SBD/Issue 177/Law & Politics

American Needle Ruling Could Alter Marketing, Licensing Deals

Ruling Could Forever Change Marketing,
Licensing Deals Between Apparel Cos., Leagues

Marketing and licensing deals between apparel companies and sports leagues "could forever change" in the wake of the Supreme Court's decision in the American Needle v. NFL case, according to Rich Tomaselli of AD AGE. New York Univ. sports management professor Robert Boland said one should "expect to see changes in licensing and marketing relationships by the leagues" if American Needle is successful when the case goes to trial in federal court in Chicago. Former USOC Exec Dir Harvey Schiller said if American Needle wins that case, whether teams negotiate deals individually or collectively is "really going to depend upon league members and what they believe is their best option." Schiller: "My experience with the USOC is that in some sports, the participants were asked to assign their rights to the organization to market them collectively." Schiller added, "Not everybody likes that, but sometimes it's better for the common good. The danger I see here is when you have one participating club or team that has greater popularity with the public, or is located in a larger population base. That's not good for the rest of the league's teams." Meanwhile, Boland said the Supreme Court's decision to allow the case to go ahead "will embolden other manufacturers denied continuing licenses with pro sports leagues to sue and maybe win." Boland: "I would expect leagues will be careful about bidding out contracts" (ADAGE.com, 5/25).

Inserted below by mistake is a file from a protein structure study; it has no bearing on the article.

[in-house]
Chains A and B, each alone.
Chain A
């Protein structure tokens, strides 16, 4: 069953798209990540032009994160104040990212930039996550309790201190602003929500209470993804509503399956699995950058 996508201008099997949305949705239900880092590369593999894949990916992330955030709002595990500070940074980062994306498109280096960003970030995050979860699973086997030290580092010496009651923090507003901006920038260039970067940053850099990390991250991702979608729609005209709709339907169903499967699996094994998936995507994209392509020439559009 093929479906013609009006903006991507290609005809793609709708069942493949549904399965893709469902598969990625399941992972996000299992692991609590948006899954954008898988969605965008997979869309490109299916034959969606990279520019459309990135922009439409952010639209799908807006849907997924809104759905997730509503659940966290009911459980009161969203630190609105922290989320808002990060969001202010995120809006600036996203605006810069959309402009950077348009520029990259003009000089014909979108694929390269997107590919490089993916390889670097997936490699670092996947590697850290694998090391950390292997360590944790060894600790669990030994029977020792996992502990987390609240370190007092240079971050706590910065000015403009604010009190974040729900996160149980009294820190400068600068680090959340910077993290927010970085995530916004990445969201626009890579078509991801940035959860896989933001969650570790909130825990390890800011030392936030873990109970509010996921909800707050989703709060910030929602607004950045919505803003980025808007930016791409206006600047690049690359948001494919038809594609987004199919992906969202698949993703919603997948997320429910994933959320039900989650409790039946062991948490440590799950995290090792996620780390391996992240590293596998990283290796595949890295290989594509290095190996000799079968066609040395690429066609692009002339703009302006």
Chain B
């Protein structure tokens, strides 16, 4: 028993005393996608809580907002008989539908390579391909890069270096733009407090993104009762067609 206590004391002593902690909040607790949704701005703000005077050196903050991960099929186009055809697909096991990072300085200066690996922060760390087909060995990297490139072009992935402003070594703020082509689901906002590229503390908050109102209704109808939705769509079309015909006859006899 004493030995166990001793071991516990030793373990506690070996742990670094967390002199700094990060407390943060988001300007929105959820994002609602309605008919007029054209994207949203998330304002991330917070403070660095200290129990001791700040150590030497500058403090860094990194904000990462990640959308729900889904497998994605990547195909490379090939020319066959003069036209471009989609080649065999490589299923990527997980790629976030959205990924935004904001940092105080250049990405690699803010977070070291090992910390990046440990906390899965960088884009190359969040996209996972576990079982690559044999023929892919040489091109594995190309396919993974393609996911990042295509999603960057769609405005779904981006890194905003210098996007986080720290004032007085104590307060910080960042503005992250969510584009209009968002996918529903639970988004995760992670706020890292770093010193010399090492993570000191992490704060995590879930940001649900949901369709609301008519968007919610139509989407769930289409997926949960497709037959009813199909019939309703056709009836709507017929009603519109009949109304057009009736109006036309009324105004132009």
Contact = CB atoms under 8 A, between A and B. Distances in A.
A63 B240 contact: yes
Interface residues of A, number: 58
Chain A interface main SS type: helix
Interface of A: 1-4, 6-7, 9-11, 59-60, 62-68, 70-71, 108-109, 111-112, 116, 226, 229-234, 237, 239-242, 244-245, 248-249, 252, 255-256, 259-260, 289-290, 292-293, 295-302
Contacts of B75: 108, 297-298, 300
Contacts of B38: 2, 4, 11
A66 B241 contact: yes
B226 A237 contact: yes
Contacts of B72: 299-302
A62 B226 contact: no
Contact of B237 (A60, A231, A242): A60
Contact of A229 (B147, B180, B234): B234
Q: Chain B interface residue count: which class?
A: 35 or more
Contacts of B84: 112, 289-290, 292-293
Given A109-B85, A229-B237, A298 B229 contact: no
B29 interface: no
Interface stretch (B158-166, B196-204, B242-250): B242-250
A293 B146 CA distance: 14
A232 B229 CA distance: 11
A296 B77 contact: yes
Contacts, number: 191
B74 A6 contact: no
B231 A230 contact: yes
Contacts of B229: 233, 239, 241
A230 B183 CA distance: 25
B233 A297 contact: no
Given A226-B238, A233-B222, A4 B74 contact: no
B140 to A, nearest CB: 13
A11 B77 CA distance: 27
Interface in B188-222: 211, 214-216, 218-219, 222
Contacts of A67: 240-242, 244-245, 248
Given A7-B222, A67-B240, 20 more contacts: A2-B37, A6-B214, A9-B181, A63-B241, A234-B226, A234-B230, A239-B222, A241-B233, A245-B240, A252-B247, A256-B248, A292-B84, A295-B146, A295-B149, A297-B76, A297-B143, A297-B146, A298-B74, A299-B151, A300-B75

RULING'S IMPLICATIONS: ESPN.com's Gregg Easterbrook wrote the fact the NFL was "insistent on pressing" the American Needle case is "the danger sign about the league's hubris." Easterbrook: "In many aspects of its relationship with the public in recent years, the NFL has displayed behavior falling somewhere on the spectrum between haughty and arrogant." The NFL "needs to cut back on public arrogance and begin behaving more humbly," as there is "no law of nature that says the NFL must remain so popular." Easterbrook wrote of the Supreme Court ruling, "The message to Washington is clear: The NFL is not, as it pretends to be, invincible. Thus the NFL's standing in Congress just went way down" (ESPN.com, 5/25). The WALL STREET JOURNAL's Allen Barra writes the ruling is a "clear victory for free enterprise." Univ. of Chicago professor of sports economics Allen Sanderson: "This is a victory for the marketplace, which is what the Sherman Antitrust Act is all about" (WALL STREET JOURNAL, 5/26).

DECERTIFICATION AN OPTION? SI.com's Peter King wrote the ruling "could pave the way" for the NFLPA "to eventually decertify and attack" the negotiations for a new CBA differently. Such a decertification "would mean the players could claim not to be a union, and that has tended to force both sides to the bargaining table in the past." But King wrote there is "little evidence the league will move aggressively to make concessions to try to forge any real progress in the stalled talks." King: "I've said this for the past year, and I'm sure I'll say it for the next nine months: These labor deals always come together (or not) at the 11th hour, and I don't expect real progress 'til next spring at the earliest" (SI.com, 5/25).  

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